All that glitters is not Nigel Goldman as seasoned British fraudster vanishes over millions of missing money in Spain

January 25th, 2014
Story by Jon Clarke and Giles Brown | The Olive Press

He was one of Andalucia’s best known expats, a loveable rogue who was said to have mended his ways. But recent ventures have put paid to that, with clients of Nigel Goldman demanding to know where their money has gone. The Olive Press reveals how he went from boarding school rower to one of Europe’s leading fraudsters and how it has happened for a FIFTH time

EXCLUSIVE: By Jon Clarke and Giles Brown

IT was characteristic of the larger-than-life fraudster Nigel Goldman that when the Olive Press recently reported how he was being sought in a three million euro financial scandal, that he ‘liked’ it on his Facebook page.

The perennial joker, who regaled the coast with stories and jokes at fundraising galas, on radio shows and in his regular restaurant column in the Euro Weekly News, could never quite face up to the truth.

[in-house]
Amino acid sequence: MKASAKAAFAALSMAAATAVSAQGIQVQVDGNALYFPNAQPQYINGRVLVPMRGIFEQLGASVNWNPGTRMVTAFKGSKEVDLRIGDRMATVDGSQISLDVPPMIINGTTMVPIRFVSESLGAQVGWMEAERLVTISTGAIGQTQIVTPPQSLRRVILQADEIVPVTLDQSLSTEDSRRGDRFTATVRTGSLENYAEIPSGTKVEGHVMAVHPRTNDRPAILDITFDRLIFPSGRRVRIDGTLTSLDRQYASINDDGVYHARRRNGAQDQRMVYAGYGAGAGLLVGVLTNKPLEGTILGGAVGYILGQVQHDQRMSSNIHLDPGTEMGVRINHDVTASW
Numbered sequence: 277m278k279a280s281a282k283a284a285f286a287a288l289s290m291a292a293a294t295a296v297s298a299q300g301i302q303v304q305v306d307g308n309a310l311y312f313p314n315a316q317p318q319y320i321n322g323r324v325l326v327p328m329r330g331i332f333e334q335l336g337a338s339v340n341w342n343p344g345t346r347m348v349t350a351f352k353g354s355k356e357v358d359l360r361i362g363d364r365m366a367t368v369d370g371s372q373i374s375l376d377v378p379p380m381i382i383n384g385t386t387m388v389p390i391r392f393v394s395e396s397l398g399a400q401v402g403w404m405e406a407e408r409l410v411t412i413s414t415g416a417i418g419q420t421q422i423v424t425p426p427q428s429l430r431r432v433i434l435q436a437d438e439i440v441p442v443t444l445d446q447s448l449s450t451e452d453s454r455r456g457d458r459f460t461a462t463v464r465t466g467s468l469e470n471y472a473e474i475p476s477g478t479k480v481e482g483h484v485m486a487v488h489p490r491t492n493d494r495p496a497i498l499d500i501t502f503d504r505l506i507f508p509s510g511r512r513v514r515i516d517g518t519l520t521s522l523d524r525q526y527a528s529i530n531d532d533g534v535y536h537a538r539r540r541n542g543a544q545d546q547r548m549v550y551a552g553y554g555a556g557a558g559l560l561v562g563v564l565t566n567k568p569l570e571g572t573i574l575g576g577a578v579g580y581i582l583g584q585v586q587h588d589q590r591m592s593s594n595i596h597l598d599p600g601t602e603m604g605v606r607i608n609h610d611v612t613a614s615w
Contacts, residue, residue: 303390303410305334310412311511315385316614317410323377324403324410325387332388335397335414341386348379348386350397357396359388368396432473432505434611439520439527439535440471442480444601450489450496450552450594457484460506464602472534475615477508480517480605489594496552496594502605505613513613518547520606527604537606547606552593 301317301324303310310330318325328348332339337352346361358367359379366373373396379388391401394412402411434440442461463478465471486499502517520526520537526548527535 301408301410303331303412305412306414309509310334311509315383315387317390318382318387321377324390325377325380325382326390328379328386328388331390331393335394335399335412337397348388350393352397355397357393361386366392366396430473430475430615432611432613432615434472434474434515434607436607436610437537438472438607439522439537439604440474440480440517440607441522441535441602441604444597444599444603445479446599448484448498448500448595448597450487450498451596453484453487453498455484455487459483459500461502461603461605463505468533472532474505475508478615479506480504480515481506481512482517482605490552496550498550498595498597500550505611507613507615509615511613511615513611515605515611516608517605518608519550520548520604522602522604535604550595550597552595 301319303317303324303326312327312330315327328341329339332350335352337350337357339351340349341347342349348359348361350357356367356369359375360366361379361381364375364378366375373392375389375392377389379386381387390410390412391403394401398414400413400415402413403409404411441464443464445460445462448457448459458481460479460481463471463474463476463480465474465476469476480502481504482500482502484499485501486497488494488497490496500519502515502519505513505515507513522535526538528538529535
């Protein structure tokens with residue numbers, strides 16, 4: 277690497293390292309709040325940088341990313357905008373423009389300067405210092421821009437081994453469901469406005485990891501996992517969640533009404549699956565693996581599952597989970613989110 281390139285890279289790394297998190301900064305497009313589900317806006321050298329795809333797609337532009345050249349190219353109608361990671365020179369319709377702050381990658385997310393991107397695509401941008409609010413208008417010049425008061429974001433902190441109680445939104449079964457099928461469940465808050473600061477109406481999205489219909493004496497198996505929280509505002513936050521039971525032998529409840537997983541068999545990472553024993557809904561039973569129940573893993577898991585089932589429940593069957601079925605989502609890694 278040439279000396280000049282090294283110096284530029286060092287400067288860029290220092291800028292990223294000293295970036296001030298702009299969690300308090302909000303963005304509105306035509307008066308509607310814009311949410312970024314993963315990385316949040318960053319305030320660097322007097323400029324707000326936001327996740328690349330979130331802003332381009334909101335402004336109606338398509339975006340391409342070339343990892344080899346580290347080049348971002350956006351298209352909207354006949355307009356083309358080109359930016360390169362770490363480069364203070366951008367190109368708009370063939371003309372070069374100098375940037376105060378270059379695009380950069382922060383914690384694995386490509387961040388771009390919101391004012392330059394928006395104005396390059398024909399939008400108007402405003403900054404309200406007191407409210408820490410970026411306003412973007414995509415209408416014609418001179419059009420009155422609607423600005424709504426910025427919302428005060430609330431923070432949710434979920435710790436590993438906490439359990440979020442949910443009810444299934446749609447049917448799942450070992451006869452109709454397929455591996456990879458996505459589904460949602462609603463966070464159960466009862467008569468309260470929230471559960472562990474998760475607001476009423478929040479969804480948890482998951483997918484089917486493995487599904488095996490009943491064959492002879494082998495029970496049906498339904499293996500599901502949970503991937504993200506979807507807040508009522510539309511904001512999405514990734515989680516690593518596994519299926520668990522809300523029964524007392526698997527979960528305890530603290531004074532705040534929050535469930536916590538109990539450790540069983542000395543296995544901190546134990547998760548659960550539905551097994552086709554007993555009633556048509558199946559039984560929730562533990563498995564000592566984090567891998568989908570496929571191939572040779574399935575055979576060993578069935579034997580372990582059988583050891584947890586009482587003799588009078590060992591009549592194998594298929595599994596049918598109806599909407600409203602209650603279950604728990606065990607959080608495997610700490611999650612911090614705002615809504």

Somehow he liked to believe that he was one of the chosen few, a friend to the stars, including Joan Collins, Anthony Worrall Thomson and James Hewitt. And that he was something of a celebrity himself.

Driving a top-of-the-range Mercedes and living in a palatial home in Elviria, near Marbella, ‘Sir’ Nigel, as he insisted on being called, liked to give the impression of being a staunch pillar of the community.

The truth however is rather different: For Goldman is a fraudster, who simply cannot help himself.

Over nearly three decades the portly businessman has made and lost millions of his – and more crucially – other people’s money… and then made light of it.

Indeed, in his bestselling autobiography High Stakes, he wrote of the loss of 14 million euros: “It was my clients’ money. But I wasn’t going to let that small detail worry me. I was out to enjoy myself”.

The book, published in 2004, tells the story of his rollercoaster ride in which he conned hundreds of victims over 10 years and landed up in prison twice.